Gender equality is the concept in which men and women deserve the same rights and opportunities. Since the beginning of the 21st century, the United Nations has regarded the importance of this human right by making it a central goal of the UN’s eight Millennium Development Goals. These objectives serve as a framework for eradicating poverty and encouraging global development. The gender equality goal aimed to “promote gender equality and empower women”; more specifically, it expected to “eliminate gender disparities in primary education and secondary education, preferably by 2000, and in all levels of education, no latter than 2015.” Fifteen years later, the UN has concluded in its final MDG report that even though gender gaps in access to education have narrowed, uneven progress has been made toward achieving the target at its core. As a result, many disparities remain in all levels of education: secondary and university education levels remain highly unequal and in many parts of the world women continue to face all kinds of discrimination in access to education, work, economic assets or participation in government.
Most girls grow up wanting to be mothers, of bearing and nurturing life. But for many millions of women, the process of pregnancy and the postpartum period can turn deadly for both mother and child. According to the WHO, around 800 women die every day due to complications in pregnancy and childbirth.
The major complications that account for almost 75% of all maternal deaths are severe bleeding, infections (usually after childbirth), high blood pressure during pregnancy (pre-eclampsia and eclampsia), complications from delivery and unsafe abortion. What makes the situation worse is that most of these causes are avoidable or treatable with proper care, education and processes in place. Timely management and treatment can make the difference between life and death.
The main goals of the UN Millennium Development Goal 5–Maternal Health is to reduce the maternal mortality ratio by at least three quarters, and to achieve universal access to reproductive health by 2015. According to the UN, maternal health encompasses the health of women during pregnancy, childbirth and the postpartum period. It includes in its purview elements of family planning, preconception, prenatal and postnatal care.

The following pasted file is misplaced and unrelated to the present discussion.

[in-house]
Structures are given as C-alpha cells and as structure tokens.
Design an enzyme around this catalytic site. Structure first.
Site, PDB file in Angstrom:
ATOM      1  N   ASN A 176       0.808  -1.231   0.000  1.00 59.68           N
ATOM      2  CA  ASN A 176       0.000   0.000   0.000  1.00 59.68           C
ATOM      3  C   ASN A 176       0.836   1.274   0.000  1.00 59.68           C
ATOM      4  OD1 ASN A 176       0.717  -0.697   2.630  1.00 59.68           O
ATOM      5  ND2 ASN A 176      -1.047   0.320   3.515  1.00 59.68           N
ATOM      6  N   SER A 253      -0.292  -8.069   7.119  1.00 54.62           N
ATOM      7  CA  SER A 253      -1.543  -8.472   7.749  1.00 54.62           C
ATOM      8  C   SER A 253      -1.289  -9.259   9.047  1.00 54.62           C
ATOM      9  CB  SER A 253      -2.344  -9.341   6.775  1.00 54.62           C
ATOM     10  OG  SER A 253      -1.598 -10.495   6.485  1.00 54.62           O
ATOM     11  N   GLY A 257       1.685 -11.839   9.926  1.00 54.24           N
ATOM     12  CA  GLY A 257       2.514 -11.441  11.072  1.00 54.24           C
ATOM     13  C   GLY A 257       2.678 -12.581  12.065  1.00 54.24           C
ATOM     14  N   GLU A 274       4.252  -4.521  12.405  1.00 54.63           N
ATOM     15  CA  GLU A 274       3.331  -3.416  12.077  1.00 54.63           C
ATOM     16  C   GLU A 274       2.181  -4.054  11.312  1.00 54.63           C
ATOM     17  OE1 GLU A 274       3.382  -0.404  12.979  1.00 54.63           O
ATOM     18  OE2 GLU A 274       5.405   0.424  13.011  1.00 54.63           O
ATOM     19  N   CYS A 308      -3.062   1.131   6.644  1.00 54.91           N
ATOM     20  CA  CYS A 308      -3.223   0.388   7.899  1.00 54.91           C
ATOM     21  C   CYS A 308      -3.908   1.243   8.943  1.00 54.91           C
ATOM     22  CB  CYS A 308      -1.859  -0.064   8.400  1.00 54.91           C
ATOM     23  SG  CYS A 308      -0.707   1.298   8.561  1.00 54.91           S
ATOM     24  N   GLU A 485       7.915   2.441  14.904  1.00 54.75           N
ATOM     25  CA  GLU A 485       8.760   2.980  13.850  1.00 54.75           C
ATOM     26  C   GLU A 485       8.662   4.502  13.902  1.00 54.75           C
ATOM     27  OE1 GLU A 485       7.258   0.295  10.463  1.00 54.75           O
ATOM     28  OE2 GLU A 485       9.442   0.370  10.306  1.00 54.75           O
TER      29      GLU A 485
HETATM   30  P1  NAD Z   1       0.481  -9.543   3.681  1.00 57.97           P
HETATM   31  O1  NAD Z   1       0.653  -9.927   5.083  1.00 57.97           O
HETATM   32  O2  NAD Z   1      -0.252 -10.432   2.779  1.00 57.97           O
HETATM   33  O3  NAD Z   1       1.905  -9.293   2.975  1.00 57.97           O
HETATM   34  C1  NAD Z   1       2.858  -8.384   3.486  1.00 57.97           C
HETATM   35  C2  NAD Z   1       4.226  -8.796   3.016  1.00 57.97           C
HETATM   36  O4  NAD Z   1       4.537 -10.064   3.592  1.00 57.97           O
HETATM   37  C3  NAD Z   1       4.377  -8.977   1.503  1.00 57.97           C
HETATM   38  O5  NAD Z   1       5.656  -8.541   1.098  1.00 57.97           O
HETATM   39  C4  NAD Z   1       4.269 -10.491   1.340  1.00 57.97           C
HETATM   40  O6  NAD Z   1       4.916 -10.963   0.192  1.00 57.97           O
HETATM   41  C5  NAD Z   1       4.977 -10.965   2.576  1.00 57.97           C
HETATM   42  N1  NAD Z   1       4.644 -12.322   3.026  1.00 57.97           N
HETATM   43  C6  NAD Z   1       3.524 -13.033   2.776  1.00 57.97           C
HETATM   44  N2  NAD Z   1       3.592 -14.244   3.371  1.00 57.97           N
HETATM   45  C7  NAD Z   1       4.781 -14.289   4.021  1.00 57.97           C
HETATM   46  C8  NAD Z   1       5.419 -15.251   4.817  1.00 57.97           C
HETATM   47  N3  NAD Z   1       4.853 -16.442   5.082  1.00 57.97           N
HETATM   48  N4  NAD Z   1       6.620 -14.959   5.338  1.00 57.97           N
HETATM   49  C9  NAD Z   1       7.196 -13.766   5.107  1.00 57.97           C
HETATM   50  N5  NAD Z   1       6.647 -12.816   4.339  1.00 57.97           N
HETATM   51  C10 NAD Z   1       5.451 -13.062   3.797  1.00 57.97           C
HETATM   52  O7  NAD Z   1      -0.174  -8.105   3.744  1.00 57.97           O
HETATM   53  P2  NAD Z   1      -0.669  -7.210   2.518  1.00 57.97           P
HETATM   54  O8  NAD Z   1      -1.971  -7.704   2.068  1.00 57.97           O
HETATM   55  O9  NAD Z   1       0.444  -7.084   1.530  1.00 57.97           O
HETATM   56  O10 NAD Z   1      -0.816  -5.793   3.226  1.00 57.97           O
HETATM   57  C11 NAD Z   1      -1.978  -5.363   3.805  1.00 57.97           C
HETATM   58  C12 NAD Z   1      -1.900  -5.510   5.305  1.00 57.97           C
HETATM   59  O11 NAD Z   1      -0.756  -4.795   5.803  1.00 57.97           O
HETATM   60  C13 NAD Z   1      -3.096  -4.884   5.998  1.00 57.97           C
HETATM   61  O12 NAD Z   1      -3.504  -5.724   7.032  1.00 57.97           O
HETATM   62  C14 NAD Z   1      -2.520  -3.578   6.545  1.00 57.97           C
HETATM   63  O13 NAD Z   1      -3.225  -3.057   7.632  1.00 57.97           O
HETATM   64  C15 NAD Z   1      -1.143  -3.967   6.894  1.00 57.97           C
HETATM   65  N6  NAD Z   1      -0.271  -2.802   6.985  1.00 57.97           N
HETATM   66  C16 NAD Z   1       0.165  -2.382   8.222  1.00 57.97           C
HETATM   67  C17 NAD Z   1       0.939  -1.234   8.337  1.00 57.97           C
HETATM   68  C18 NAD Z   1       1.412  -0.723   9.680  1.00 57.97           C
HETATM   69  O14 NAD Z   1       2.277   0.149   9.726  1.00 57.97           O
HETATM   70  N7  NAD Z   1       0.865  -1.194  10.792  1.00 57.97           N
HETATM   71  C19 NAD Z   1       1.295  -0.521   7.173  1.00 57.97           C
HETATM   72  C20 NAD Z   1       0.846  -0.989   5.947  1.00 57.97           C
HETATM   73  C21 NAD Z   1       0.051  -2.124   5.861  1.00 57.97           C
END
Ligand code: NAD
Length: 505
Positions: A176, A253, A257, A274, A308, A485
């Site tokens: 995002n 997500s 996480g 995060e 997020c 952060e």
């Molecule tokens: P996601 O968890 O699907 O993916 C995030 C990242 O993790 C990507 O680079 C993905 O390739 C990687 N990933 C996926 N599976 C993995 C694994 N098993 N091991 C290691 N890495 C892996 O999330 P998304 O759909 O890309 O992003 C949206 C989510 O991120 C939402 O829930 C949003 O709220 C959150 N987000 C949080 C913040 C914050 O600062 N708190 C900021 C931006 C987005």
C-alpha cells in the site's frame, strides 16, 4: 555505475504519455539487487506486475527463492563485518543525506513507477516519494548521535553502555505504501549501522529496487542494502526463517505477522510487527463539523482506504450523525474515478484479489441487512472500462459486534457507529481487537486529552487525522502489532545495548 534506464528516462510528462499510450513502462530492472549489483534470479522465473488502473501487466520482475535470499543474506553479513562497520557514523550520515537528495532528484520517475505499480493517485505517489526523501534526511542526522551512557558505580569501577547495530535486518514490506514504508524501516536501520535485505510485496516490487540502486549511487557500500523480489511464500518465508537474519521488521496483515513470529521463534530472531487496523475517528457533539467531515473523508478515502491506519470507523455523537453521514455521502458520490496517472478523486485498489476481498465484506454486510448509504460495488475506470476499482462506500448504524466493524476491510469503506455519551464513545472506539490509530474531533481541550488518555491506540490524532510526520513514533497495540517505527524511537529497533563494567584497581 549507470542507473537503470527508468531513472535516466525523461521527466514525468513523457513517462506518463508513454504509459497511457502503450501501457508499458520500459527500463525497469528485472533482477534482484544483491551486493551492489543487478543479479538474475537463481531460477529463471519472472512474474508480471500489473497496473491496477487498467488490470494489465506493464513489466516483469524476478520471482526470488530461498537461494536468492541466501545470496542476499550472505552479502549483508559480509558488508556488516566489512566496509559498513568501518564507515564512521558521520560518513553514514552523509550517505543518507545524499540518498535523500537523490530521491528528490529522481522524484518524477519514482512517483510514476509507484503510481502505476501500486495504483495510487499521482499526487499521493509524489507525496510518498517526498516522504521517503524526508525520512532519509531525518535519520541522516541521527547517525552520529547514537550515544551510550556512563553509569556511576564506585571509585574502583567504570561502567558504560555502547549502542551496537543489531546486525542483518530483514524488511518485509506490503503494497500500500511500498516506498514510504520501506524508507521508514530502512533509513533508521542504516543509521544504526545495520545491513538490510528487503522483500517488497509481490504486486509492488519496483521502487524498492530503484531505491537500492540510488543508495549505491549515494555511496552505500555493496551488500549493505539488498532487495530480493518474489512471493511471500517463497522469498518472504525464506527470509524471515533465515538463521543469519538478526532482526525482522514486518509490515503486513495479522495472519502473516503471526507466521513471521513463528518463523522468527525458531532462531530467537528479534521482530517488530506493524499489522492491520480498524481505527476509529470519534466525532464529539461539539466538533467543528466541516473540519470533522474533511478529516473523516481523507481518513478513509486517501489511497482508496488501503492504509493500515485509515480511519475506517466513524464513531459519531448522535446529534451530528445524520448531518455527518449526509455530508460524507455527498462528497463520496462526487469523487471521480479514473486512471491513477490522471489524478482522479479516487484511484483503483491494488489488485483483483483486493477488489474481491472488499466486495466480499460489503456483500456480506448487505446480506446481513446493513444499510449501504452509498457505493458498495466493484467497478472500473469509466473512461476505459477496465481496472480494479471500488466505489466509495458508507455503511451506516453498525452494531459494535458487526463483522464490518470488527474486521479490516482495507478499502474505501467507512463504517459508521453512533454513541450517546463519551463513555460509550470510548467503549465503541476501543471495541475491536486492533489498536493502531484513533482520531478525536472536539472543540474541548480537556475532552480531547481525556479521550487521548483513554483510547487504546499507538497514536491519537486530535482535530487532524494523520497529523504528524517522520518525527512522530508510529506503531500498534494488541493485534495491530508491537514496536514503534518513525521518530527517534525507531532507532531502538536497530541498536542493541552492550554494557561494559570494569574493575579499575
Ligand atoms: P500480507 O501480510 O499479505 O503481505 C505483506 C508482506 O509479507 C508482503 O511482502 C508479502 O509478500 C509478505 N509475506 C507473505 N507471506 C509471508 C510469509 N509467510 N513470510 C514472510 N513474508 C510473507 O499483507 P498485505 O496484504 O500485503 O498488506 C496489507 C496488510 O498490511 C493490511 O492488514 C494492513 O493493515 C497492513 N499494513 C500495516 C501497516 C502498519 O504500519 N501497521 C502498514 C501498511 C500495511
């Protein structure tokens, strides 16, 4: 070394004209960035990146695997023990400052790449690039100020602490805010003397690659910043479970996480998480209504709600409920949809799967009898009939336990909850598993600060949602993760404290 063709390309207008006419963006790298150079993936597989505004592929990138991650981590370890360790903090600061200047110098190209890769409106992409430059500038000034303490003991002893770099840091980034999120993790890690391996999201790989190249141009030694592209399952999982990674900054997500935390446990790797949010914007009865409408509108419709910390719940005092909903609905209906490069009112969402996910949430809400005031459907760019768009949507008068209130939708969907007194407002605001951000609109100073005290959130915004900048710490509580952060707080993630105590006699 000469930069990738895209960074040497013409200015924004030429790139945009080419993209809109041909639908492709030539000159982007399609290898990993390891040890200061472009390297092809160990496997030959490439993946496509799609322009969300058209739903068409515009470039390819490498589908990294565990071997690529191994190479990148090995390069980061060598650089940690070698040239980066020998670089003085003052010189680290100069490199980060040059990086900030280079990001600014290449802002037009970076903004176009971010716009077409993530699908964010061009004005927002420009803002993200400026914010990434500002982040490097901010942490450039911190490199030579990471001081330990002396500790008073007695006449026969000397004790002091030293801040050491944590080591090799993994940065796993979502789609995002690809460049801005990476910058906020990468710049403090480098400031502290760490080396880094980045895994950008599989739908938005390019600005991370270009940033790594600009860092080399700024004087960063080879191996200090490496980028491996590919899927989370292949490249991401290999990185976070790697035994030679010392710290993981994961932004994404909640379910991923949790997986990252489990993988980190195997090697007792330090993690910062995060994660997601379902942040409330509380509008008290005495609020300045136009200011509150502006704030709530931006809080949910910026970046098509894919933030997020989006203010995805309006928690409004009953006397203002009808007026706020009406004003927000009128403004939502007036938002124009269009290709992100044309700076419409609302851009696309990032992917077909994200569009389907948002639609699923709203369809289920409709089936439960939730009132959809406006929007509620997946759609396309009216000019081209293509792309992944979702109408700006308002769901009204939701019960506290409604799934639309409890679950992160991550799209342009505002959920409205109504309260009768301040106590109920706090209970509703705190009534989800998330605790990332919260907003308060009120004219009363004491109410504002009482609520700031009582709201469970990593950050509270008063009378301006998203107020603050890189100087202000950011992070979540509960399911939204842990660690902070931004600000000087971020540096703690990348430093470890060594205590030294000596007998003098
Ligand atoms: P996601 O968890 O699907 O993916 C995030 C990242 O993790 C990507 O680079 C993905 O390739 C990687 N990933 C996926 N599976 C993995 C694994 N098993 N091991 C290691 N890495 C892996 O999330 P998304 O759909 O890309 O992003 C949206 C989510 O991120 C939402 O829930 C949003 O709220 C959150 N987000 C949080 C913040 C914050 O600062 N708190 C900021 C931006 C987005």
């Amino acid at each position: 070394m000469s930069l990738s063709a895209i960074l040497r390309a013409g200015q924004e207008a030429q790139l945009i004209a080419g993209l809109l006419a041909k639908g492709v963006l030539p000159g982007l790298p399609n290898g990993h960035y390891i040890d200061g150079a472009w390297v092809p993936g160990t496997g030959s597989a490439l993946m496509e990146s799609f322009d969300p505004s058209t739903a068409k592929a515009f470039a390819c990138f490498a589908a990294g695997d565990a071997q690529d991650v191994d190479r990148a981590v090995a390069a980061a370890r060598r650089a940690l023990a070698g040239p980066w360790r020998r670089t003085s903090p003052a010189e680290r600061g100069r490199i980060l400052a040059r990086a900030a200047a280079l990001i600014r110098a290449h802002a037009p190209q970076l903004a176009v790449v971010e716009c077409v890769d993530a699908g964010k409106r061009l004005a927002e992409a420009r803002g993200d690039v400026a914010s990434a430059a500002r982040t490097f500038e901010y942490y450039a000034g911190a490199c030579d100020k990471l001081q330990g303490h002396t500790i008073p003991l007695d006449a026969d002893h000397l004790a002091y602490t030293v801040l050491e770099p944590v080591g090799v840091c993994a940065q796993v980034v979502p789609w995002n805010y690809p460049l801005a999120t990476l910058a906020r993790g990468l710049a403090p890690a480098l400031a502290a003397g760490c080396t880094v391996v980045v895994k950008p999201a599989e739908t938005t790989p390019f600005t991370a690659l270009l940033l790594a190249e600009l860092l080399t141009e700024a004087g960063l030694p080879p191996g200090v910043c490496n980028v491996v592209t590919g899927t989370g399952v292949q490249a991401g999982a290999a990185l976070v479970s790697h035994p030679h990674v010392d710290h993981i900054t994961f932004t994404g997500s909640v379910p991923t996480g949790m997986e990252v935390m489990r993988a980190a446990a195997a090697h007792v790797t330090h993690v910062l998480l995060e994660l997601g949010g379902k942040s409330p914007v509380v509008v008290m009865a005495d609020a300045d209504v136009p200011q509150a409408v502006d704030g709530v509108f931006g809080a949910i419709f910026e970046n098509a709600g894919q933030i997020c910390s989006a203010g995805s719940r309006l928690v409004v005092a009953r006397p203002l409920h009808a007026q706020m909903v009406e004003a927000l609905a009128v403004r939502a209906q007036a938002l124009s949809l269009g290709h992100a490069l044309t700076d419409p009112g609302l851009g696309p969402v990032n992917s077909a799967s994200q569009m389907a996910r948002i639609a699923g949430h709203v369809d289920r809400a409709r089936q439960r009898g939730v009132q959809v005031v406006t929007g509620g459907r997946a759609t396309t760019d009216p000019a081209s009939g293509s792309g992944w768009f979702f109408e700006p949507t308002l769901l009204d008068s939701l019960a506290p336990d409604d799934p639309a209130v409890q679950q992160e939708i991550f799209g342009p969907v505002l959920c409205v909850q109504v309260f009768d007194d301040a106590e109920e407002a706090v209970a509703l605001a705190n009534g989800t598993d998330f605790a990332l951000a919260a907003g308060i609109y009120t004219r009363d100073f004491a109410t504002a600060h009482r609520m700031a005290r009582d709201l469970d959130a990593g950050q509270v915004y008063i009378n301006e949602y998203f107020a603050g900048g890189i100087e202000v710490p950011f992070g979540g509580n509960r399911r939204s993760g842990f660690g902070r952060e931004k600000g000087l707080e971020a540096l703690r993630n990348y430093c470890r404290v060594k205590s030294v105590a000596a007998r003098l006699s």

Where we stand now
In the past 23 years, we have made some progress in providing safer, less lethal conditions and options available to expectant and new mothers. Between 1990 and 2013, the worldwide maternity mortality rate fell almost 45% from 523,000 deaths in 1990 to 289,000 deaths in 2013. This is still far from the UN Millennium Development Goal of a 75% drop, and accelerated interventions are required in order to meet the target by 2015. That translates to a drop to 131,000 deaths by 2015. A Herculean task, certainly, but not impossible. Continue reading
The word “domestic” can contain many different meanings to those who interpret it. Some may think of it as a positive word, one that denotes the respectable position of keeping a home well-kept and presentable, while others may think of it as a negative word, which implies the daily drudgery of household tasks that keep the performers of these tasks in a never-ending routine of work. Whatever “domestic” may mean to people, it more than often has a feminine connotation. “A woman’s place is in the home” is a colloquial saying that was hegemonic in the collective consciousness of American society in the past and still persists in the present times. But what is the nature of domestic work? What happens to domestic work and the people who perform it when it is converted from a kind of work that is not measured by monetary earnings and completed by the women who live in the private sphere of the home, to a service which is completed by a hired and paid worker?